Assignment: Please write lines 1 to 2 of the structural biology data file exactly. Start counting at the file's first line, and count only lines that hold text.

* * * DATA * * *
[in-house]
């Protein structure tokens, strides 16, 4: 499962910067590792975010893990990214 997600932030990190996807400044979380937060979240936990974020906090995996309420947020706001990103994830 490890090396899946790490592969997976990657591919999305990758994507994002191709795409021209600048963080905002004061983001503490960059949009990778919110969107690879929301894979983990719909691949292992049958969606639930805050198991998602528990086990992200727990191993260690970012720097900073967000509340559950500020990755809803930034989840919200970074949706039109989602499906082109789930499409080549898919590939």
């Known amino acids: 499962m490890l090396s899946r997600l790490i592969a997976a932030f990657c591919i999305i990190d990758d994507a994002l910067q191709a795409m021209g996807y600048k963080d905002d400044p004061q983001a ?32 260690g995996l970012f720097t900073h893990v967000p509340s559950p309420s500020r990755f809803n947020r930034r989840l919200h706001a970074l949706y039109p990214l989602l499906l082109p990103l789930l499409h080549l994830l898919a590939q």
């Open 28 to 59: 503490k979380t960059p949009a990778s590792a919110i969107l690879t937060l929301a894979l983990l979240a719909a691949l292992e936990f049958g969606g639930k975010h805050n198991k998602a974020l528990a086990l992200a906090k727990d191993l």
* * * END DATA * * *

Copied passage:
[in-house]
């Protein structure tokens, strides 16, 4: 499962910067590792975010893990990214 997600932030990190996807400044979380937060979240936990974020906090995996309420947020706001990103994830 490890090396899946790490592969997976990657591919999305990758994507994002191709795409021209600048963080905002004061983001503490960059949009990778919110969107690879929301894979983990719909691949292992049958969606639930805050198991998602528990086990992200727990191993260690970012720097900073967000509340559950500020990755809803930034989840919200970074949706039109989602499906082109789930499409080549898919590939």